of Yorkshire's best-kept secrets lie in the rolling Howardian Hills between
Malton and Thirsk, home of Castle Howard which is one of the most famous
landmarks of the North Yorkshire countryside.
It recently celebrated its 300th anniversary after surviving a series
of historical set-backs, financial restraints and family misfortunes.
That survival is thanks largely to The Hon Simon Howard whose enthusiasm
and drive has been a powerful force in the regeneration of one of Britain's
finest stately homes, which plays host to hoards of tourists from all
over the world. As they tramp respectfully through the echoing corridors
and glorious halls, hushed by the overwhelming splendour of this great
house and its extraordinary setting in rolling acres of land, few will
imagine the blood, sweat and tears which epitomise the building's glorious
Even when it was built, it took more than a century to complete, spanning
the lifetimes of three Earls and countless architects and craftsmen who
dedicated themselves to the extraordinary work of art. Tragically, the
years of hard work were almost wiped out in a single fire which broke
out in the south-west wing on November 9, 1940, and swept through the
house into the Great Hall, destroying the dome and nearly 20 rooms. After
the blaze, many people thought there was little hope in saving their heritage,
but George Howard who inherited the building after his two brothers were
killed in action during the war, was absolutely determined that the family
pile, such an architectural masterpiece, should be rebuilt.
At the time, many people thought he was mad, but Lord Howard and his wife,
Lady Cecilia, set about restoring the huge house to its former glory,
instilling in their sons the same sense of responsibility and foresight
which was to help them turn Castle Howard into a glorious 18th century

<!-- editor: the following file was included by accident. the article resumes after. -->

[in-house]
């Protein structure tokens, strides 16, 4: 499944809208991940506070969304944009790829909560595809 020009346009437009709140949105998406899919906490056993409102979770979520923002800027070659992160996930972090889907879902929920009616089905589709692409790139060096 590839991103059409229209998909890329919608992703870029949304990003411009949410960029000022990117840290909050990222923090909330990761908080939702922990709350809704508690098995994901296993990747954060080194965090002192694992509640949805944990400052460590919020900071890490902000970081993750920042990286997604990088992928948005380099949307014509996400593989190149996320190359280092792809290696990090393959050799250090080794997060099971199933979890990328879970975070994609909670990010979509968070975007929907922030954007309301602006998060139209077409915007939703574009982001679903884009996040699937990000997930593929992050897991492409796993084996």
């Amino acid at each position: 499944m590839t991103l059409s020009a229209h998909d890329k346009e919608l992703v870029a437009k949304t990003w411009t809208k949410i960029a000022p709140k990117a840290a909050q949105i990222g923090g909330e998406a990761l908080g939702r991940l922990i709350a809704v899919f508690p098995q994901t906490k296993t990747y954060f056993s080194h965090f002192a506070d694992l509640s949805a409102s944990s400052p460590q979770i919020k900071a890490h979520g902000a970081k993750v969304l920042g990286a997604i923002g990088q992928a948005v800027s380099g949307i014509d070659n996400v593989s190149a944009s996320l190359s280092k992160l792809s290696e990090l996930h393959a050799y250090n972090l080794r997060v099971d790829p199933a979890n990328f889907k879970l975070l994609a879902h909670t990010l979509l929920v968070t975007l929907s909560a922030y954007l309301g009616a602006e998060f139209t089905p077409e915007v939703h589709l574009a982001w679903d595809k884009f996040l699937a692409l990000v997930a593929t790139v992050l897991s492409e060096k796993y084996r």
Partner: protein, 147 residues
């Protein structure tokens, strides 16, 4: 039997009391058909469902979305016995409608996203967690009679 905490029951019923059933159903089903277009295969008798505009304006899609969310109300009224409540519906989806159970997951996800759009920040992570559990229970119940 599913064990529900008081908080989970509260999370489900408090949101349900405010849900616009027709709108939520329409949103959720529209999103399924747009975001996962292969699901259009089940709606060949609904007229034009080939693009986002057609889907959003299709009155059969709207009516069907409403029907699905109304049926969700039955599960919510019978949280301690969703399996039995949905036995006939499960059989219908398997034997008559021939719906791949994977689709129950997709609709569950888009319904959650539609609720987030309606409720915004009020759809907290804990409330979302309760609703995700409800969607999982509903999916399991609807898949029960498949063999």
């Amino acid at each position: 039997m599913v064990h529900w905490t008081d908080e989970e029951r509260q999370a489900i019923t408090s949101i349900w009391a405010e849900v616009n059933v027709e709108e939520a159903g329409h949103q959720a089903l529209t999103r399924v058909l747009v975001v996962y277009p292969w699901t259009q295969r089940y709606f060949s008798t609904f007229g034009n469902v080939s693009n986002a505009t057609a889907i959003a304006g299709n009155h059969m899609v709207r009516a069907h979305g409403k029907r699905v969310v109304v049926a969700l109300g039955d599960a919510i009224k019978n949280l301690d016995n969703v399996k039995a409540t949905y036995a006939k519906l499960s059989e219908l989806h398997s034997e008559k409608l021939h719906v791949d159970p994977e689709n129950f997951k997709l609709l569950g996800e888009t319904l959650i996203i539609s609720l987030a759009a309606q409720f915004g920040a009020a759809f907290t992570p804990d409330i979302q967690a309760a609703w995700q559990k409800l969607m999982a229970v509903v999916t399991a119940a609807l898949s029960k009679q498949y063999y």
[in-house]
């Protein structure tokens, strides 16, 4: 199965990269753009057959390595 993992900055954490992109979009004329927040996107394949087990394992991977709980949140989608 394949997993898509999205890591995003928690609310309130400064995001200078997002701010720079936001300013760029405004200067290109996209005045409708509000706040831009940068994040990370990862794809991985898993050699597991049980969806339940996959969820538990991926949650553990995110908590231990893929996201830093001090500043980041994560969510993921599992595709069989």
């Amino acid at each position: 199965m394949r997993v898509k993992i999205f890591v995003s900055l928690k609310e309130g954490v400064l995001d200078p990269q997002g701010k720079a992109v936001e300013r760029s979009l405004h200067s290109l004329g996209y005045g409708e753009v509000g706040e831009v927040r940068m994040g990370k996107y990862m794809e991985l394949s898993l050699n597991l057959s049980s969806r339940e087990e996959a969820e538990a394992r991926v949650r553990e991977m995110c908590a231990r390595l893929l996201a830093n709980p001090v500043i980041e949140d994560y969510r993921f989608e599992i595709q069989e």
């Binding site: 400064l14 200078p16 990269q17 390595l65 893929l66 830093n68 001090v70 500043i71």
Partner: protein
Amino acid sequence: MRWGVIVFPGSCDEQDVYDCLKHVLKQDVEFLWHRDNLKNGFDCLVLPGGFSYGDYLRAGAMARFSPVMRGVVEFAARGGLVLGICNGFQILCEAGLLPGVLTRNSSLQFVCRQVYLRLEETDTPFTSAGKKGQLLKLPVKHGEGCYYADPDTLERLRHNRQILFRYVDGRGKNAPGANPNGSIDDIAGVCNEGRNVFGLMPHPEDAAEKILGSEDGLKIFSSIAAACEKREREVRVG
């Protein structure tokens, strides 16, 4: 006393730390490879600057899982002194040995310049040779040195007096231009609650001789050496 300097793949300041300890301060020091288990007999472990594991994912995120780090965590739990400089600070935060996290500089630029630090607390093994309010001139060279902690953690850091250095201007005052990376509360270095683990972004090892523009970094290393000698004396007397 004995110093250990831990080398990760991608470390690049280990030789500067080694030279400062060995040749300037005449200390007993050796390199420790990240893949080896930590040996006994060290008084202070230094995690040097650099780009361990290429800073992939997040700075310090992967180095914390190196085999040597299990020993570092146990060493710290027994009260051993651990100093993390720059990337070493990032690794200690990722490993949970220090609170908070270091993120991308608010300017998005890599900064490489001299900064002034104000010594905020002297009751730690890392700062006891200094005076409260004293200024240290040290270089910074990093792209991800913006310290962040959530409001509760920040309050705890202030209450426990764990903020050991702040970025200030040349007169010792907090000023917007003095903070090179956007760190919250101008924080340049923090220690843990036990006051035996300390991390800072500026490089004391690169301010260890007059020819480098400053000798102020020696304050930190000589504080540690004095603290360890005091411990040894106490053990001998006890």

elysium. Their ancestors would undoubtedly be delighted.
The Howard family, who have lived in the house ever since it was built,
stems from Lord William Howard (1563-1640), youngest son of Thomas, 4th
Duke of Norfolk, whose "skill at marrying heiresses" eventually led to
his execution. "Belted Will", as he was known, took possession of Henderskelfe,
the site of Castle Howard, as part of the inheritance of his wife, Elizabeth
Dacre. Fifty years after his death, Charles, the third Earl of Carlisle,
created Castle Howard with the help of his friend, John Vanbrugh, who
had never built a house before in his life, but whose charm and self-conviction
assured Charles that he was the man to design one of the greatest country
houses in Europe.
Today, the responsibility of running a house so vast is hard to imagine.
The expanse of roof is so huge it is measured in acres. The cost of replacing
a broken public loo leaves little change out of £120,000 and the thought
of 220,000 tourists trekking through your family home and gardens from
dawn till dusk, is difficult to contemplate. Yet their support means Castle
Howard can continue to play host to some of the finest treasures in the
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